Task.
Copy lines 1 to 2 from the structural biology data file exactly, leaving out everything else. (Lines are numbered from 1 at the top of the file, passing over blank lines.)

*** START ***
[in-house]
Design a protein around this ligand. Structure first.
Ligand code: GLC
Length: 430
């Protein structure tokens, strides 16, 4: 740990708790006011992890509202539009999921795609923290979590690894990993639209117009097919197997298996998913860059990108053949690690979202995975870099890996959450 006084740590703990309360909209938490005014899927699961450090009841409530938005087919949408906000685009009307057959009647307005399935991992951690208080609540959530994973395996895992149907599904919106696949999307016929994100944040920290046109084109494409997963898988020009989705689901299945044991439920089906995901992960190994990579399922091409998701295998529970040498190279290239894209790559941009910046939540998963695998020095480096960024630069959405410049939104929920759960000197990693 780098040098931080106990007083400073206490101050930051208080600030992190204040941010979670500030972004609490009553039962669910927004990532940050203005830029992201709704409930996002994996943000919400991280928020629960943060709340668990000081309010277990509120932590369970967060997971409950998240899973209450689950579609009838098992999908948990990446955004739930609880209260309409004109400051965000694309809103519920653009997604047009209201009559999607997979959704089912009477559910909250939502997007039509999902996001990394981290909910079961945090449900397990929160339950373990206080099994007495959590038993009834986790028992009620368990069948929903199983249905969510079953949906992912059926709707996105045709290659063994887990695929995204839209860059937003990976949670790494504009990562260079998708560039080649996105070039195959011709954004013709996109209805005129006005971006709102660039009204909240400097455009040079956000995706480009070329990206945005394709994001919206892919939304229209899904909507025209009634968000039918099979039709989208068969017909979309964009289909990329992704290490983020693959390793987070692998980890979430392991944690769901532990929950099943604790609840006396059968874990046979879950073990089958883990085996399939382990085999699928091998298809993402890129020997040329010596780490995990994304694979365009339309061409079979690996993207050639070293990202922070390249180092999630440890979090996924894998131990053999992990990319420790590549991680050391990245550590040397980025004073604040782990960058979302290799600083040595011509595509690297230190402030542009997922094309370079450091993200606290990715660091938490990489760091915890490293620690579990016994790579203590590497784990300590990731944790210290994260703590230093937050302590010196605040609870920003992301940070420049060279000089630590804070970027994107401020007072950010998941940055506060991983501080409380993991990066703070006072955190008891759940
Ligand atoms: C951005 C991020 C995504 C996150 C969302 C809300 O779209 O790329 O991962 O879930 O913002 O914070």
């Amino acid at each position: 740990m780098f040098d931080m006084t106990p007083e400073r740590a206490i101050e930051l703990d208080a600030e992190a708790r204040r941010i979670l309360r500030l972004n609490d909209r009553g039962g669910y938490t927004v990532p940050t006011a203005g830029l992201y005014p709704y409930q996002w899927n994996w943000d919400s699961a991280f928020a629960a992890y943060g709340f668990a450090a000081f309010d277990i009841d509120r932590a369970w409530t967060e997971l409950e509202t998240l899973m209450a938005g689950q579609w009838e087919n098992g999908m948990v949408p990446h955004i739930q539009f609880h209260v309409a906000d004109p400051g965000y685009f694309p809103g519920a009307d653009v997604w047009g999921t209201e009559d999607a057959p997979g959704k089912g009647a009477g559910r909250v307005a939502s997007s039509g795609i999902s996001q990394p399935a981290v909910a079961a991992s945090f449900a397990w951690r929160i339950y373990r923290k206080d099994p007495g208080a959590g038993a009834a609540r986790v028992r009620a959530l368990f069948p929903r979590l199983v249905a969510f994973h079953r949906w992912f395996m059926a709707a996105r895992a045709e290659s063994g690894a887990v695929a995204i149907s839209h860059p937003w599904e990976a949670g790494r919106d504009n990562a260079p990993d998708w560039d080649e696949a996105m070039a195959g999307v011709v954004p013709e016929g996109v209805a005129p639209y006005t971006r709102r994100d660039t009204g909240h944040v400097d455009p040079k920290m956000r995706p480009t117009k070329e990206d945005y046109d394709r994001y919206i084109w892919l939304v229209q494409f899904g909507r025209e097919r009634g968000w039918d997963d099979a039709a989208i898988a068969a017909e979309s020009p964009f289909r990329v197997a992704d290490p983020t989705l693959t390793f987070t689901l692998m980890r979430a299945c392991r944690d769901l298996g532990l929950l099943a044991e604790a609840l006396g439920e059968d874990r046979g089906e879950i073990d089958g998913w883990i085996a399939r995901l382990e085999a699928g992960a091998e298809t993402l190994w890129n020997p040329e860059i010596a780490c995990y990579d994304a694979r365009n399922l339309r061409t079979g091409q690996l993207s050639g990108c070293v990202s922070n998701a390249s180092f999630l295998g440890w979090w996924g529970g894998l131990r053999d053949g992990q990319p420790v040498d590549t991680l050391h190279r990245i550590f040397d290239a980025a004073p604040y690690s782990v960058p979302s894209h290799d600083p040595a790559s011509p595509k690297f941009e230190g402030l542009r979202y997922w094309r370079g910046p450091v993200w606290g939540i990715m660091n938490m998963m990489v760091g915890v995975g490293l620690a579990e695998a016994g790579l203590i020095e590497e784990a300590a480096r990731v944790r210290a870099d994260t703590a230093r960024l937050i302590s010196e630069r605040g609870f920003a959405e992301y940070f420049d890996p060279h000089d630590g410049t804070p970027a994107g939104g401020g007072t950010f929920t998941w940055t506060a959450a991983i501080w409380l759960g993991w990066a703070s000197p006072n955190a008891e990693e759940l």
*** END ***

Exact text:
[in-house]
Design a protein around this ligand. Structure first.